You sit there watching as your dog keeps itching and scratching. You get frustrated as he keeps digging into the same spot on his hind leg. Why does my dog keep itching, you ask?

From boredom to dry skin, many underlying factors can cause poor Fido to chew away at his leg like that.

Why Does My Dog Keep Itching?

You know that hard to reach mosquito bite in the middle of your back. You’d do anything to scratch yourself to relief.

The same is true for your pup. Itchy skin is a common issue for our canine friends. There are a few things to be aware of when it comes to their skin care.

Your pet’s health is important to us. Be sure to speak with your veterinarian about uncontrollable itching or to find the right solutions for your dog.

So, why does my dog keep itching?

6 Things to be Aware of

When your dog has an itch that just won’t go away, it may turn into a “hot spot” with all of the licking, biting, and chewing. Hot spots are pretty common among dogs.

These hot spots are the first sign that your pet is suffering from something. Eventually, it may lead to a wet scab on their fur that can become infected if not properly treated.

Be sure to keep each hot spot clean. You may also need to cover any spots with a loose bandage to keep your dog from further licking. For severe cases, try using a dog cone to keep your pet safe.

1. Allergies

Some dog scratching may be the result of allergies to food or environment. Just like humans, dogs can have allergies to mold and pollen. Some dogs are even allergic to the sun or grass. Similarly, dogs may develop a skin irritation called contact dermatitis if they encounter certain pesticides or soaps.

2. Boredom or anxiety

Dogs have been known to have physical responses to being psychological upset, just like their humans who bite their nails or tap their leg. Some dogs even develop a condition similar to human obsessive-compulsive disorder, which can be seen in behaviors such as scratching, licking, or chewing.

3. Dry skin

If you’ve ever had dandruff, you know how itchy your scalp can get. The same is true for your dog. A wide range of external or internal factors, including winter weather and fatty acid deficiencies, can make your dog’s skin dry out.

4. Pain

If your dog keeps licking or chewing at something on his body, it could be a sign that he’s in pain or something is making him physically uncomfortable. Check for thorns, pebbles, or other debris that may be lodged in his skin. Check his collar to make sure it isn’t rubbing against his neck too hard.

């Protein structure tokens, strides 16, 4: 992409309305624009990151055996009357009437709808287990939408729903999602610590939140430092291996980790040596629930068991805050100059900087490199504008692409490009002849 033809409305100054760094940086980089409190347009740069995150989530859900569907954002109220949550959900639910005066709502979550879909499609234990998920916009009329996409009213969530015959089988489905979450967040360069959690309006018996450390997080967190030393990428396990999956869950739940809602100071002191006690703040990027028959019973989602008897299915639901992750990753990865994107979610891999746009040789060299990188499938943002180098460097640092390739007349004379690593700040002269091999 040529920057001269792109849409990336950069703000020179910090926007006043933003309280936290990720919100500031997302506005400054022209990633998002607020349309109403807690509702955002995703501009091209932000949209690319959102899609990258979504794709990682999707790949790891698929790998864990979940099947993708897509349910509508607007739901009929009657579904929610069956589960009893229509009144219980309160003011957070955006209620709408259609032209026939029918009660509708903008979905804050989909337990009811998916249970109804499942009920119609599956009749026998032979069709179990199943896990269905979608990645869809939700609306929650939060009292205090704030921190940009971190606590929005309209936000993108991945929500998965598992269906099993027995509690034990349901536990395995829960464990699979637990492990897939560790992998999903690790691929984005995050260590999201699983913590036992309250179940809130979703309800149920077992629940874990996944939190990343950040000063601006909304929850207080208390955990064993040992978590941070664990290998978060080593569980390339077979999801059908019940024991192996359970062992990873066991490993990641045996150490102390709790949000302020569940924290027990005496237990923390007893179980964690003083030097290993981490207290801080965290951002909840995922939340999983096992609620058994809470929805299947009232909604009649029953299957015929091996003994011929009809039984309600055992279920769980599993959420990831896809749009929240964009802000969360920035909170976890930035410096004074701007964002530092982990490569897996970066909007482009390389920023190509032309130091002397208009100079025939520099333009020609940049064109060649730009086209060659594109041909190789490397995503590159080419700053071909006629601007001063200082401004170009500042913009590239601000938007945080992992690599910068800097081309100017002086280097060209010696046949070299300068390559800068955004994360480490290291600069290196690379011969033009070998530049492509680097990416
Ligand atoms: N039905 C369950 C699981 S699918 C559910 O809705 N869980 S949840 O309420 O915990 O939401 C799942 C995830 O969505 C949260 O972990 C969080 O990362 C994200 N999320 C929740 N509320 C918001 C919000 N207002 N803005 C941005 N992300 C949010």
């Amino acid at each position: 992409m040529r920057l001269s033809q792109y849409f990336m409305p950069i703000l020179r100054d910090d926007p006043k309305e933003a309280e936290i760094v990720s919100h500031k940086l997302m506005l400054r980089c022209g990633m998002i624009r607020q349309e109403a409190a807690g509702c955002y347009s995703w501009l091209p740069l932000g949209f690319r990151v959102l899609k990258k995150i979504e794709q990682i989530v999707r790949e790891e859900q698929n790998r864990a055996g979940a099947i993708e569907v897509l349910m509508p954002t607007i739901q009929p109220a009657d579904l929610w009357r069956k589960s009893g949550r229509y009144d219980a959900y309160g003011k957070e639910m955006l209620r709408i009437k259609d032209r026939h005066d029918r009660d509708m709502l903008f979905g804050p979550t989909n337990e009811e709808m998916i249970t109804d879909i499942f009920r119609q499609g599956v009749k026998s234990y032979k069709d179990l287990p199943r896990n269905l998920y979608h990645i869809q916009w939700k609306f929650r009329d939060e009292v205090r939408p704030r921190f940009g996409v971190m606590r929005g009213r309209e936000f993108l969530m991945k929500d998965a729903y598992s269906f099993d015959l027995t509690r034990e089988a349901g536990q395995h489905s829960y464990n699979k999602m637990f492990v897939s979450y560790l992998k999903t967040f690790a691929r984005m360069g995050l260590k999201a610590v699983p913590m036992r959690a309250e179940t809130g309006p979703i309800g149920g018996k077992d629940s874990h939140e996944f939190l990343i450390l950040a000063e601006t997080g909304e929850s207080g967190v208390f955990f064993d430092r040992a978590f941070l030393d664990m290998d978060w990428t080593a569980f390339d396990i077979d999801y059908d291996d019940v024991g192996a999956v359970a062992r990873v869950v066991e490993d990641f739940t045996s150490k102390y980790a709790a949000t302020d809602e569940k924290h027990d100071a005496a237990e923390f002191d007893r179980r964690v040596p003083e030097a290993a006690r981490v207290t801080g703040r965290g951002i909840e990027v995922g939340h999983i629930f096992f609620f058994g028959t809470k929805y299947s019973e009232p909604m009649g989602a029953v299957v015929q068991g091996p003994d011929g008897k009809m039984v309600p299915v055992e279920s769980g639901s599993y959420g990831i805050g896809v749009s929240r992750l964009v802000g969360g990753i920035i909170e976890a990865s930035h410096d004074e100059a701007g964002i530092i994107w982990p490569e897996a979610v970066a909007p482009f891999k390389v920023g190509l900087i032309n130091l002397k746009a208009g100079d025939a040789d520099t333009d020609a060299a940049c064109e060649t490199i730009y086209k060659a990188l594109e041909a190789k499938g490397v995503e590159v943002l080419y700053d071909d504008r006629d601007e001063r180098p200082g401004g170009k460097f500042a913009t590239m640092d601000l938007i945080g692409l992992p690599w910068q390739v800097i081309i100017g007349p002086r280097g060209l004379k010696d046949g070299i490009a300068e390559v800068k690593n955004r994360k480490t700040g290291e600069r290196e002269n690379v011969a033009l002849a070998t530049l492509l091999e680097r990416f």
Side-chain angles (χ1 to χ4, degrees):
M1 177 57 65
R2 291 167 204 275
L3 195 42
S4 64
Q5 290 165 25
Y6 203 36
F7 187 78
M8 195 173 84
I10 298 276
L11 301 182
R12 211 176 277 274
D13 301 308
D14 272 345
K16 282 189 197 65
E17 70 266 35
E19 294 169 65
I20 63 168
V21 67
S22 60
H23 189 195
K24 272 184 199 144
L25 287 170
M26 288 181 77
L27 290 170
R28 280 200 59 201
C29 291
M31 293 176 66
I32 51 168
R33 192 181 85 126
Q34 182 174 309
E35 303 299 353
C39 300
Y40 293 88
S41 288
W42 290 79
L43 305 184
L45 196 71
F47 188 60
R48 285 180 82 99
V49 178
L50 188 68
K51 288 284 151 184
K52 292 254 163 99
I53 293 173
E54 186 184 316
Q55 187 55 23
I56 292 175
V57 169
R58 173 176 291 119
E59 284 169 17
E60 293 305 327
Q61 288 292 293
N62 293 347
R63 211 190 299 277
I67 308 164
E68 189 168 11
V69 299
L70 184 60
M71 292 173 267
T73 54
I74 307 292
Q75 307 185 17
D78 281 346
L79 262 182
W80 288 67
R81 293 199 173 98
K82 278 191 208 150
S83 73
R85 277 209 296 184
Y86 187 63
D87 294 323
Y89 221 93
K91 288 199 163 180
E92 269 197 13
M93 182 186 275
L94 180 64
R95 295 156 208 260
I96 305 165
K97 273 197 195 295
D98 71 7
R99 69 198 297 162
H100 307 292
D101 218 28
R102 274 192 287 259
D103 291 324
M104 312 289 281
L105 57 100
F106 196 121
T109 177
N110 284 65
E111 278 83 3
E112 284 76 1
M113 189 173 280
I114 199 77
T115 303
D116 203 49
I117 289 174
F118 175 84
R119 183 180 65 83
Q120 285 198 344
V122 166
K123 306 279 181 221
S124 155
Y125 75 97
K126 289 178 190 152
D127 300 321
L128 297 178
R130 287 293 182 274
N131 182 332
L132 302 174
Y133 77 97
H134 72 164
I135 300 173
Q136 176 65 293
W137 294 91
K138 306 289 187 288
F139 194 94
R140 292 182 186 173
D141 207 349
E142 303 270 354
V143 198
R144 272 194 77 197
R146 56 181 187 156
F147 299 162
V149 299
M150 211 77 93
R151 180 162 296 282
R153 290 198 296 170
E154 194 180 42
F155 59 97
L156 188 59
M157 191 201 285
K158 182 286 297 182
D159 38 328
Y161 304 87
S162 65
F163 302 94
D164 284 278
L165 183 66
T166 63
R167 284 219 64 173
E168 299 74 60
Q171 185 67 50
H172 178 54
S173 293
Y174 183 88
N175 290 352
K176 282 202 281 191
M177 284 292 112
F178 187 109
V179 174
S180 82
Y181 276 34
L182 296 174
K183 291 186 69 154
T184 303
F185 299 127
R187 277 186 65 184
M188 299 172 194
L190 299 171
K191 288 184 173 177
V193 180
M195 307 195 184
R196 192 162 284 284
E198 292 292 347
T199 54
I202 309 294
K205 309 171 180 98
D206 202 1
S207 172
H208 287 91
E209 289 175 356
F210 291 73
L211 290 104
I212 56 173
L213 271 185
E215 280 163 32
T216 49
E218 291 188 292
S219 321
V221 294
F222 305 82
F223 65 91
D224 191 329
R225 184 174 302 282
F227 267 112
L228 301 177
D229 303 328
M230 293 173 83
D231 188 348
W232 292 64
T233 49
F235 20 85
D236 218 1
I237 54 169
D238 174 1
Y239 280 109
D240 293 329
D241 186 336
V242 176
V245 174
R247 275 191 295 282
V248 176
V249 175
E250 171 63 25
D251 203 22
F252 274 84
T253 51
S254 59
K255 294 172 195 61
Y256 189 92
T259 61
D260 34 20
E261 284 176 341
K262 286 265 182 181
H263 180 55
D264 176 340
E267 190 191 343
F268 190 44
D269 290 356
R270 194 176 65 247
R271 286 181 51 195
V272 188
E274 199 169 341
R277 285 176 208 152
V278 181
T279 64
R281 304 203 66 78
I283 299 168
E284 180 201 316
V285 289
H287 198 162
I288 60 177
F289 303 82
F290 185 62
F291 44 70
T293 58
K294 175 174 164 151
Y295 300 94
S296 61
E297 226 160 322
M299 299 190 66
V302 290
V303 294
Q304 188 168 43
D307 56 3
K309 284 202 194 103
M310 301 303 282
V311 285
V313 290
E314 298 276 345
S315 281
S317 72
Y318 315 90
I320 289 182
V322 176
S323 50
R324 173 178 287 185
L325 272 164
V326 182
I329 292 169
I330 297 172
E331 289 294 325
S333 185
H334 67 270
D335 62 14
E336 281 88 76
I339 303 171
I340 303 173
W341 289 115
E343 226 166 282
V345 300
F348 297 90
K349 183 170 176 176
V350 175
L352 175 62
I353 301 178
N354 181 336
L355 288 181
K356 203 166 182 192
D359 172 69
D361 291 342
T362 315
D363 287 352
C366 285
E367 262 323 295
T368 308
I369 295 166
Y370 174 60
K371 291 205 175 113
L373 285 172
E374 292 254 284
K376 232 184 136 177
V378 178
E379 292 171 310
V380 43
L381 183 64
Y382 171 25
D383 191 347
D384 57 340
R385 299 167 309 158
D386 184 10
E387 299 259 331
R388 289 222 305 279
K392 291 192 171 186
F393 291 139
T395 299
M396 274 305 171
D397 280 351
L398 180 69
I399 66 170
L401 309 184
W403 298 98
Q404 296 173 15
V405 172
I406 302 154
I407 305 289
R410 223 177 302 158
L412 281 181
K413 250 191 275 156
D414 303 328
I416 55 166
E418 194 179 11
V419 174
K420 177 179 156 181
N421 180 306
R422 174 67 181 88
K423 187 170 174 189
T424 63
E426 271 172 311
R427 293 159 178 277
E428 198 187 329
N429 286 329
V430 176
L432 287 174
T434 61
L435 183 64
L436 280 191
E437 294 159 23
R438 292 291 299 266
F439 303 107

On the other hand, compulsive chewing or licking can also be a response to orthopedic problems, including arthritis and hip dysplasia.

5. Parasites

Check your pet for fleas, ticks, and mites. Ticks are often visible to the naked eye and easy to spot. However, fleas are a bit smaller and often go unseen until there is a large infestation. And mites are microscopic.

Ringworm is another issue to look out for. It’s highly contagious between animals and humans. It could look like a hot spot or dry skin. Puppies and older dogs are more likely to suffer from ringworm. Be sure to see your vet for proper treatment.

6. Hormonal imbalance (H4) (100)

If you’re still scratching your head wondering, “why does my dog keep itching,” then it may be time to go to the vet to have his thyroid checked.

If your dog’s body isn’t able to produce enough thyroid hormone it may irritate his skin. Conversely, if his body is creating too much of the hormone cortisol, it can make him itch all over.

How Can I Soothe My Dog’s Itchy Skin?

black and white dog lying on the ground while chewing

Image source: Pexels

Our pets become parts of our families. It’s for that reason we search the internet high and low when they show symptoms of anything irregular.

The question to ask isn’t just why does my dog keep itching; it’s also how do I help him feel better.

We can’t stress this enough. If you are concerned about your pet’s health, take him to see the vet. Skin conditions can be uncomfortable for your pooch and hard to get under control.